5. design a entry for their own occupation to be put on the website
6. debate the usefulness of such a website and offer their opinion on the value of such a tool
7. design a brochure of the top 5 most appealing occupations
 
Students can work alone or with a partner, or in groups.  The possibilities are endless! 
POSTED BY Cecelia Sumi AT 1:45 PM   0 Comments  Add Comment

top Thursday, September 13, 2007

It's September - Happy New Year!


In August I always feel like an old year is ending and a new one is beginning. 
 
I know we celebrate New Years in January, but to me September is the beginning of a new year.  I think a lot of people feel the same way I do—students, educators and parents; we all start something new in September.  There’s a certain amount of excitement in September that is missing in January.  It’s a fresh start, new classes, new teachers, new students, new schools, a new season and new adventures. 
 
In January it’s just a continuation of our old schedules after a long break.  We return to school wearing the same old winter clothes and going to the same old classes with the same old classmates.  What’s new about that? 
 
But September is fresh; it’s like being given a blank page that needs to be filled with new experiences.  Very exhilarating indeed!
POSTED BY Cecelia Sumi AT 5:35 PM   1 Comments  Add Comment

top Sunday, September 09, 2007

Non-teaching teacher

About 15 years ago I worked with a teacher in Japan, who insisted on teaching only students who “could speak English”—only higher-level students.  He believed that it was easier to teach students who had a greater skill in English.  He was not a trained teacher; he had fallen into teaching as a way to finance his travels in Asia.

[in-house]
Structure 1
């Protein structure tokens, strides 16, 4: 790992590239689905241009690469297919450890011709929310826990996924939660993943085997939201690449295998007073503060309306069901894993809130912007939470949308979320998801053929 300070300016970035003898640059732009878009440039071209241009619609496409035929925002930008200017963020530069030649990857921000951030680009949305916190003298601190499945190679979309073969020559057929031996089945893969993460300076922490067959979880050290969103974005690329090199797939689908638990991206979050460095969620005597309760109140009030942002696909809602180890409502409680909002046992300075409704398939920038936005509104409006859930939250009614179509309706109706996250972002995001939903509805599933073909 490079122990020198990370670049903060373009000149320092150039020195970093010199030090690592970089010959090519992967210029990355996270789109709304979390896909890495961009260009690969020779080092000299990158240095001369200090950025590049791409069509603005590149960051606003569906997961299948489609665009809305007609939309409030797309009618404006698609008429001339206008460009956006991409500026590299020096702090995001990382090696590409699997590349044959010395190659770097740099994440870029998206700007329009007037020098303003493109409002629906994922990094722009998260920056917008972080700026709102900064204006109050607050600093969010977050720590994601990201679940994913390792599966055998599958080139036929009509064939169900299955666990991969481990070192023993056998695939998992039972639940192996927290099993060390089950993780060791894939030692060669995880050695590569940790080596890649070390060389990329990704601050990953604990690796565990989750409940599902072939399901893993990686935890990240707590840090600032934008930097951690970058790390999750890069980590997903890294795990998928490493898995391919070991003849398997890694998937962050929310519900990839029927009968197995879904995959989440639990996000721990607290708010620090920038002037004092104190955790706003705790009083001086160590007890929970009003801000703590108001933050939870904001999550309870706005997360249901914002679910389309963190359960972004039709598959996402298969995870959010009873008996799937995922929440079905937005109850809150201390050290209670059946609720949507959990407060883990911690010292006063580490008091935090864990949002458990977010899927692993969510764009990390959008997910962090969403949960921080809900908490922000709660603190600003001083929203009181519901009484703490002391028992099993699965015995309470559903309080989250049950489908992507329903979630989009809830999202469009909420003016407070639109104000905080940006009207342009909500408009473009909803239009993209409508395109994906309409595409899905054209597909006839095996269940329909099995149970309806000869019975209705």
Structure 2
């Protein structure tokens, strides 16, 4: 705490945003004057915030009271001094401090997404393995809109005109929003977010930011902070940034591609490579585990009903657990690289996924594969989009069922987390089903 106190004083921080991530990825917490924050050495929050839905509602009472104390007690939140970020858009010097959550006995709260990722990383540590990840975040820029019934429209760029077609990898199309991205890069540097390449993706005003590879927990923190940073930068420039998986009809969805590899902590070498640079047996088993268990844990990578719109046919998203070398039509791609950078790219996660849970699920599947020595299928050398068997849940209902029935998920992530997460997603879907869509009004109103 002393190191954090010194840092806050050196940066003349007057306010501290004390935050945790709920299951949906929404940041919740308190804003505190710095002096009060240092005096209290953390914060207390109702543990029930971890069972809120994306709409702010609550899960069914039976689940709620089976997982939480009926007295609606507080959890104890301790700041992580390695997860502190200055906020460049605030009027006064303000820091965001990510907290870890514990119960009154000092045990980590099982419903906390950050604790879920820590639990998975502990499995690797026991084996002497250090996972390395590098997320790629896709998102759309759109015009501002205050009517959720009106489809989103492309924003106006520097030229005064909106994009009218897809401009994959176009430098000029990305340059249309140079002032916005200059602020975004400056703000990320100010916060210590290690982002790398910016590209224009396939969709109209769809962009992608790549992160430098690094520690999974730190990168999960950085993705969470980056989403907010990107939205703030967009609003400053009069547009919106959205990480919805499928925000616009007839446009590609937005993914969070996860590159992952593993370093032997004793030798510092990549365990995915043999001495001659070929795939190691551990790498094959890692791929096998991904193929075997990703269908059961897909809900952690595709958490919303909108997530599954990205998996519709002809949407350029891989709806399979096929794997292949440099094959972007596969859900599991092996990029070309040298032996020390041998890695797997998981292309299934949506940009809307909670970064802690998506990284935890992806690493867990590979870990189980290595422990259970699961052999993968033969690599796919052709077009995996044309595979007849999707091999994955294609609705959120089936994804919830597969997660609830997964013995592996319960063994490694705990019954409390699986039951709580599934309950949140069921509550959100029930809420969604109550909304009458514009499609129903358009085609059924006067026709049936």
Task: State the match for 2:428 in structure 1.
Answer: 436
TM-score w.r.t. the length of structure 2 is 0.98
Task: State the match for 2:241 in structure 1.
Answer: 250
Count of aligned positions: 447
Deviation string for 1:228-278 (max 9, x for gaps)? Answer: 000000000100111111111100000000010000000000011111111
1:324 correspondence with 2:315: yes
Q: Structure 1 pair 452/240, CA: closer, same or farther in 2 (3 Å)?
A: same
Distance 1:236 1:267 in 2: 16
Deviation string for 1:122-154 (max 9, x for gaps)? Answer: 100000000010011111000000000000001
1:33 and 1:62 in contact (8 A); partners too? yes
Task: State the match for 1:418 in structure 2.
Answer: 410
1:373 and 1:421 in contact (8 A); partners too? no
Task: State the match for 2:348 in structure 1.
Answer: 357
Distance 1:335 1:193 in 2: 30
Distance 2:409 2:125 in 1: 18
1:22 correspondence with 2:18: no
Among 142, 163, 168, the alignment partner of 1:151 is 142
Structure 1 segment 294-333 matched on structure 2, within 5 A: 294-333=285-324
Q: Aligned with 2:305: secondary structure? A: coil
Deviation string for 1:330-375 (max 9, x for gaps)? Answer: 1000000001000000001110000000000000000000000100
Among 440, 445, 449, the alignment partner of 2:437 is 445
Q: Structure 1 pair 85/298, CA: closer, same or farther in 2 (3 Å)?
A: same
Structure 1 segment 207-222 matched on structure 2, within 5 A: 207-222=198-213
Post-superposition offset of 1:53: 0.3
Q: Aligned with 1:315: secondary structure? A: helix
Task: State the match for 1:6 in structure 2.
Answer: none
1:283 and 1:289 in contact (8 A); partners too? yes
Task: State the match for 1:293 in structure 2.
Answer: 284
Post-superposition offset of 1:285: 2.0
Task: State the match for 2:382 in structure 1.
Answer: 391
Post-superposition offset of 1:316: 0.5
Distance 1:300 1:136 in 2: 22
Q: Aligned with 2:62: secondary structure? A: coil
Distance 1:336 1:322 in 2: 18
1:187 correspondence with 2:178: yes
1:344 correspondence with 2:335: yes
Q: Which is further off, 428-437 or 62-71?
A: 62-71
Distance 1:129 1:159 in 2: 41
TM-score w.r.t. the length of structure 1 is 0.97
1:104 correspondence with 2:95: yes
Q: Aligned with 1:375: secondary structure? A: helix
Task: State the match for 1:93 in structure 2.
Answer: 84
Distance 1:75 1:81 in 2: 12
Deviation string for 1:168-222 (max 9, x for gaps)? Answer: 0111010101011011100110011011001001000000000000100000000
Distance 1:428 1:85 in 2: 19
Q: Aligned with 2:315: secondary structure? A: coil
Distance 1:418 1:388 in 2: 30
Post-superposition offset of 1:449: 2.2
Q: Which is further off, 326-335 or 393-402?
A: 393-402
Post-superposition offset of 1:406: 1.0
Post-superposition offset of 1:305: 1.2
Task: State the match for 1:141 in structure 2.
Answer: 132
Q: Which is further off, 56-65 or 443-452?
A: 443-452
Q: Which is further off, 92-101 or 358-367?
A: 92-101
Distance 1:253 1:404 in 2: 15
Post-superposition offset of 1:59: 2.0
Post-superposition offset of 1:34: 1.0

All the staff at the school mocked him.  We called him the English teacher for English speaking.  Management was happy to honour his request, and give him only higher-level classes because he was a good-looking, charming man, who was popular with the students and ironically considered to be a good teacher. 
 
I don’t believe that there was any teaching involved in his lessons.  He was merely acting as a conversation partner for the students.  He was giving them the opportunity to practice using language that they already knew. 
 
Students do need to find ways to practice using English so he did provide a necessary service.  He did explain new vocabulary if it came up in conversation, but he never planned a lesson in advance.  He never thought about what grammar or pronunciation points the students needed to be taught.  He didn’t know the difference between an adjective and an adverb.  Yet, he was very popular with the students and therefore considered to be the best teacher.
POSTED BY Cecelia Sumi AT 10:03 PM   0 Comments  Add Comment



 Summary
Native or Not?
Get a Job!
It's September - Happy New Year!
Non-teaching teacher